After the most recent Paul Kaiju show at FOE, I got a chance to stand outside in the cold of frosty Northampton and talk shop with Sanjeev Teh Jerk, master of all things 3D design. While I have been going headlong into home-grown ABS printing, Sanjeev has been working on some face-meltingly cool multimedia affairs for production through Shapeways. Production method aside, we are both always looking to existing toys for inspiration. Sanjeev mentioned to me how he had recently cracked open a vintage Gokin and found a joint design that we both were pretty sure would work in 3D printed ABS. We talked, froze our asses off, and then I went home, and the gears were in motion.
After mulling over the idea for a couple of days, I decided to whip up some tests. I fired up Pro/Engineer and the parts started flowing. It did not take long to realize this was totally going to work.
The hexagonal peg fits into a matching hole. The female part is printed lying flat on the printer bed, so the grain of the plastic works with the design to form a springy socket. ABS is slightly flexible, so the socket flexes as the peg is rotated, making a gloriously clicky detented joint!
ThreeA’s Square^2 is an awesome little design that I have a whole bunch of and love. It is also made from some very simple shapes and made for the perfect test bed for the detent joints. Before we go any further, let me make it clear that my imitation Square^2 will never be for sale or distribution in any way and is not meant to infringe on 3A’s design. It is simply a simple design that I had on hand for inspiration while testing out some ideas. Call it a tribute.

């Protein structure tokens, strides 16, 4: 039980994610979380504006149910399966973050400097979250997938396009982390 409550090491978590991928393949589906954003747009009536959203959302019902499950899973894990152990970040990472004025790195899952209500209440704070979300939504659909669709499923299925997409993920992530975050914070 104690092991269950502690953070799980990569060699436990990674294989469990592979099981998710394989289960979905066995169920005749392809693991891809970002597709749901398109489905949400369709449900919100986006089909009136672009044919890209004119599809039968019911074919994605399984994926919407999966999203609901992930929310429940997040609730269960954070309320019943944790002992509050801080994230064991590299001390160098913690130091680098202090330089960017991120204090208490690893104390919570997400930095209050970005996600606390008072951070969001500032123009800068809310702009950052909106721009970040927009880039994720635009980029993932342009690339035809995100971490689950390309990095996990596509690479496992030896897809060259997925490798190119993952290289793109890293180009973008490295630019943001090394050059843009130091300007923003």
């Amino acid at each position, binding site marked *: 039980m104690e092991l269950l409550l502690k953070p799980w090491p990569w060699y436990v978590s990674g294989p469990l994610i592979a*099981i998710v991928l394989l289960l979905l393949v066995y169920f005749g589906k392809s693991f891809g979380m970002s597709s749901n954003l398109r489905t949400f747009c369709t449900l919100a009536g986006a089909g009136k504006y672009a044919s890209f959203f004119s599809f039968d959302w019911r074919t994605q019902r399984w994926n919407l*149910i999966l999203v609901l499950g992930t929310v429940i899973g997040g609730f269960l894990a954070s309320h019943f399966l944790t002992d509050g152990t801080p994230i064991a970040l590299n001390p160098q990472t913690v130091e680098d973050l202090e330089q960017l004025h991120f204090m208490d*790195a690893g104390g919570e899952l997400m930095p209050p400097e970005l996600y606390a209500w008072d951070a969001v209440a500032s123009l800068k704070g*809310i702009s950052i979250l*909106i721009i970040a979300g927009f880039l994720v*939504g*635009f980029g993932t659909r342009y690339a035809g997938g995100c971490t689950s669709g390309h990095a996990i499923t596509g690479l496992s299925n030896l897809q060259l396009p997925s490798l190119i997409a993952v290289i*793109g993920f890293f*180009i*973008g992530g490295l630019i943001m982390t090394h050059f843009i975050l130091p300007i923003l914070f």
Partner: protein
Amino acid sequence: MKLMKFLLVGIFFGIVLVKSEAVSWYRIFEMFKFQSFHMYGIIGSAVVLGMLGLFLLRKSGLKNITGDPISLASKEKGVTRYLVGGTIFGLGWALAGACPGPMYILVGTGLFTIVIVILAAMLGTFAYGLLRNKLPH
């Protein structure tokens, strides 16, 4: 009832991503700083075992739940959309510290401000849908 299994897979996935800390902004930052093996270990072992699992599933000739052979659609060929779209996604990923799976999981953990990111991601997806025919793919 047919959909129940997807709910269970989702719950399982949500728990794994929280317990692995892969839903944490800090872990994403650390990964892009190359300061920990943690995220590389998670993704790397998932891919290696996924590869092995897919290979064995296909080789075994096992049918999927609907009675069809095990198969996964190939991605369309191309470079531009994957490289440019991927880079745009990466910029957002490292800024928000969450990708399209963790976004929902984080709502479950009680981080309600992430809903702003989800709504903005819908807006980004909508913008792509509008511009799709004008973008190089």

With that said, let’s talk about the design. I made the knee joint as a wraparound joint that the peg slides through. The hip is a fixed peg attached to the pelvis with the rotation in the leg part.
An octagonal peg allows for very positive detents, but that also means it has very few clicks of motion. I am printing some experiments now using twelve and sixteen sided pegs, trying to find the balance between rugged clickyness and granularity of motion.
The Square^2 does not need to be super posable, though, so after adding a couple of aesthetic caps that also keep the pegs from sliding out, my new little buddy was ready to roll.
I made the feet a little bigger than on the official toy to help with balance, and came up with a couple little details to help differentiate my imitation Square^2. For a quick afternoon design to test the joints out, he works perfectly.
Now that I know the joints work, I can start working them into new Prometheus Rising Heavy Industries designs…
More to come!